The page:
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Why Pluto Had to GO!

Lunar & PlanetaryInternational Astronomical Union names 2003ub313 as "136199 Eris", or just ERIS for short. Read the announcement at PHYSORG.COM here.

Pluto HAD to be demoted from planethood, and here is my explanation why. What the International Astronomical Union, (IAU) did on August 24, 2006, was to assign the new desciption of "dwarf planet" to Pluto, but that falls short of truly describing what this object is. PLUS, if you think that what Pluto is called today will be what it's still called in another 2 to 3 years, well, I wouldn't try holding my breath expecting that to stay the same either.

There are several things that must be taken into consideration to have any success at an accurate description of what Pluto should be called. Here are my offerings on what I believe it MIGHT be called at some point in the not-to-distant future. It's only my own speculation, but let me present my case anyway.

A NASA artist's depiction of what Pluto and Charon may look like from the surface of one of Pluto's newest pair of smaller moons. Pluto is at right center, Charon to Pluto's right, one of the two new moons at the left of Pluto and the imagined appearance of the surface of the other new moon in the foreground.

Pluto was discovered by Clyde Tombaugh in 1930. Clyde was a Kansas farm boy who built his own reflector telescope and studied the planets by making carefully detailed pencil sketches of them. In 1928 he decided to send some of his drawings to Lowell Observatory in Flagstaff, AZ. He was both pleased and proud when he received a reply from Lowell saying they liked his pictures and he would be offered a job at Lowell if he could get to Flagstaff. I read somewhere that he left his farm home with less than a dollar in change in his pockets, bound by rail for northern Arizona.

Visual observations of Uranus and Neptune showed mathematical irregularities in their orbits in the late 19th century. The math hinted that something out beyond Neptune's orbit was the culprit. When Clyde arrived at Lowell Observatory, he was put straight to work on the problem of trying to find whatever may have been out there producing those minute little "tugs" on Neptune and Uranus. It would take him nearly 2 years to find it, but on February 18, 1930, he found his elusive quarry.

I was fortunate enough to have attended a presentation given by Clyde Tombaugh in 1988 at that year's Texas Star Party. Clyde was speaking on whether there might possibly be a 10th planet out there somewhere in the frozen outskirts of the solar system. Although in his 80's at the time, he was still a skilled an interesting speaker. Clyde began by telling everyone of his discovery of the 9th planet while using the 13" astrographic telescope at Lowell Observatory. This instrument didn't allow for visual observations, but instead it took images of the sky. Since planets move in their orbits around the Sun, any given image taken on any one night needed another image made of that same area a few nights later. Then the two images were set up in an instrument called a blink comparator which allowed the investigator to carefully examine the starfield with nothing more than his eyes to see if there were any "stars" that had moved from one night to the next. How time-consuming and tedious would you think such a job might be? And yet, this was how Clyde found Pluto.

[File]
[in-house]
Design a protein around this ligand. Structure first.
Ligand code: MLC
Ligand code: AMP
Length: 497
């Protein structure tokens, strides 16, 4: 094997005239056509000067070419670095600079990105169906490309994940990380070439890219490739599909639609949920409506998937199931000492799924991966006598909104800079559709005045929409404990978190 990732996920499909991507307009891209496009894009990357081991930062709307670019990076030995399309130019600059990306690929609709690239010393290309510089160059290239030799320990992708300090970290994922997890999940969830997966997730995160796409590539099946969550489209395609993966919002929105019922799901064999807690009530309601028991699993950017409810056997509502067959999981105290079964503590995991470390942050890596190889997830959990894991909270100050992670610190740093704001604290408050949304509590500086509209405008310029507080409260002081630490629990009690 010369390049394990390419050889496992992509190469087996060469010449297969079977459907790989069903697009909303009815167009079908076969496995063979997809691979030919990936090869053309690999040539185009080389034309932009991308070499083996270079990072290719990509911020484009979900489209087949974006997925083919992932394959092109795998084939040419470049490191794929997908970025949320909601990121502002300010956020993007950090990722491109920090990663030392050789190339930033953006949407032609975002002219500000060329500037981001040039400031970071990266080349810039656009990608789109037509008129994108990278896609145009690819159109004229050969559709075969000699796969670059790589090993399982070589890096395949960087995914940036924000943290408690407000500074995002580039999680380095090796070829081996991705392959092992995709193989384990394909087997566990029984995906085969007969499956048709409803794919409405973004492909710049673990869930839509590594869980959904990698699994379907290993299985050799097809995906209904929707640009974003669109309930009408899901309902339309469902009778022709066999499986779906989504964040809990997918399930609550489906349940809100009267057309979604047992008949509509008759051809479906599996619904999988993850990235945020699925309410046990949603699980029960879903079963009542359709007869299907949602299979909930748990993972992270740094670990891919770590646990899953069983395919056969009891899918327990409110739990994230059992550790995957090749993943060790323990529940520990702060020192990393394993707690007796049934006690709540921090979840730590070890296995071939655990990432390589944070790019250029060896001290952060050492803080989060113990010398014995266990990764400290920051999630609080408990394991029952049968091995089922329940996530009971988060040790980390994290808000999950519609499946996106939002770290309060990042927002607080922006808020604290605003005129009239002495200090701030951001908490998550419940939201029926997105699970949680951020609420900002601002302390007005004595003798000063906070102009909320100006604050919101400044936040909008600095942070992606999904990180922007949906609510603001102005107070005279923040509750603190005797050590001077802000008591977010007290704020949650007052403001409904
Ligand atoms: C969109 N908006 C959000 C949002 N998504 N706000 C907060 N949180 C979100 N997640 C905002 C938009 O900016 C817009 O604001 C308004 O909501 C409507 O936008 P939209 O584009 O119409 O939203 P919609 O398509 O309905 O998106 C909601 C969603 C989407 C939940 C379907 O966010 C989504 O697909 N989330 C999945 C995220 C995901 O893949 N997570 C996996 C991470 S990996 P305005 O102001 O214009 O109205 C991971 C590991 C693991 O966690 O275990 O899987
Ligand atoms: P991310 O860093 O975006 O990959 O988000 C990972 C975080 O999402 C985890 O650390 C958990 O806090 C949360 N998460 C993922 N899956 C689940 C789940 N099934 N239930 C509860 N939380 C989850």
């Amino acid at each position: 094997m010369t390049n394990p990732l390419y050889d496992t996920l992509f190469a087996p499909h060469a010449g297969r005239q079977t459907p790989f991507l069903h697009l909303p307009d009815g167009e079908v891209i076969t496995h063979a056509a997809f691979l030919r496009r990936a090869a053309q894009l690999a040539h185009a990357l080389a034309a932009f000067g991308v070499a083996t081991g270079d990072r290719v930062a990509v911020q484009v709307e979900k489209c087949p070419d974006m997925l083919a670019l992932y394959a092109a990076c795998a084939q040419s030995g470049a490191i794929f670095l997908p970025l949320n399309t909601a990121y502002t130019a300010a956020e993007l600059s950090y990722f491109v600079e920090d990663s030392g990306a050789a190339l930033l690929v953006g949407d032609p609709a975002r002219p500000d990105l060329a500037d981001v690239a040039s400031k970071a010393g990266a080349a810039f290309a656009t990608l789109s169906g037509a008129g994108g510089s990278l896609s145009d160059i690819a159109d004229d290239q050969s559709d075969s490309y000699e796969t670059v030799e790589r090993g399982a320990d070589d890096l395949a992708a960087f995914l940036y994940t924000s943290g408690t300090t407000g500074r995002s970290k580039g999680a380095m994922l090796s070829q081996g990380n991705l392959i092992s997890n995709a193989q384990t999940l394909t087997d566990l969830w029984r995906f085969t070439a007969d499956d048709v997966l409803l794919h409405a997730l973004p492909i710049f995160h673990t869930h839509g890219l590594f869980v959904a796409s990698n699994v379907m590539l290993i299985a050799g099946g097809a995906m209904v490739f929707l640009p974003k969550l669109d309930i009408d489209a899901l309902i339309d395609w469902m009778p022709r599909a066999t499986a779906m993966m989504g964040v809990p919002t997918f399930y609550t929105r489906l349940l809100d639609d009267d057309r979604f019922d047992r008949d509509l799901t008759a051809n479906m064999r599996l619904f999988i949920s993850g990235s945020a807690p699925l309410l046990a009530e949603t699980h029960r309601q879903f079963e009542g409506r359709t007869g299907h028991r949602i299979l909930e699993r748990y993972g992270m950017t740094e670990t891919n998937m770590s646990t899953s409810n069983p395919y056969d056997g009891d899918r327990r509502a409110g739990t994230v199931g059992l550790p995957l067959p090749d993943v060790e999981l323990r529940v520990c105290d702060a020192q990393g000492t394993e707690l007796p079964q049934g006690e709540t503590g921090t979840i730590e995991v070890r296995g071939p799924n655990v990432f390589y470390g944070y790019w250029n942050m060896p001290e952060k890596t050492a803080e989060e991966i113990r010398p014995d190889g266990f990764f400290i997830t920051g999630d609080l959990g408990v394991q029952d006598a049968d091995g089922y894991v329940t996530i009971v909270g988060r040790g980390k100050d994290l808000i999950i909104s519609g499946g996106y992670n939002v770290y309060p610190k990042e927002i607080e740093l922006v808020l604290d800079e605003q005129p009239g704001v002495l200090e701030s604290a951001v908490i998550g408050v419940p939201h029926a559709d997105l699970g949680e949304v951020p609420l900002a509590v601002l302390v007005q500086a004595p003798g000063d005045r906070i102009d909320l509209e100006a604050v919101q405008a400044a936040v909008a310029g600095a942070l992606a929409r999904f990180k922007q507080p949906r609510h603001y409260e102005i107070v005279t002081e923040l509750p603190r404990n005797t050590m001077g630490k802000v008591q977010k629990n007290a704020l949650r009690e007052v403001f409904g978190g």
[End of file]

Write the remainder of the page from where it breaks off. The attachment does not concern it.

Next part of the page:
But Tombaugh didn't stop there. The mathematical studies of the inconsistencies in Neptune's and Uranus's orbit had indicated that whatever was out there should be approximately 6 times the size of Earth. Pluto was MUCH to small to have been that suspect object, and so, for another 15 years, Clyde Tombaugh kept up his steady and monotonous search. Pretty much everyone felt there HAD to be something else out there, something considerably larger than Pluto's 1,300 mile diameter. Hearing Tombaugh give such a vivid, detailed description of "blinking" roughly 14,000,000 stars (by his own estimates), and then winding up his presentation by stating emphatically, "There is NO other planet beyond Pluto, no "Planet X", or I would have found it." That statement gave me all I needed to accept his word on the matter, but I really have to wonder what he would have said about the demotion of Pluto to "dwarf planet".

Click read more for the rest of this story.

Pluto and Charon in a recent Hubble image that also shows their two new moons, Nix and Hydra.
Then came 2003ub313. Right out of the blue, er, I mean darkness, came a new solar system object that was LARGER than Pluto by about 350 miles or so! Was this suddenly a 10th planet, the elusive Planet X? Or was it simply a new type of object needing a new name to describe it, and anything else like it in the future? What would be the final decision by the IAU, the governing body that assigns names to all things astronomical.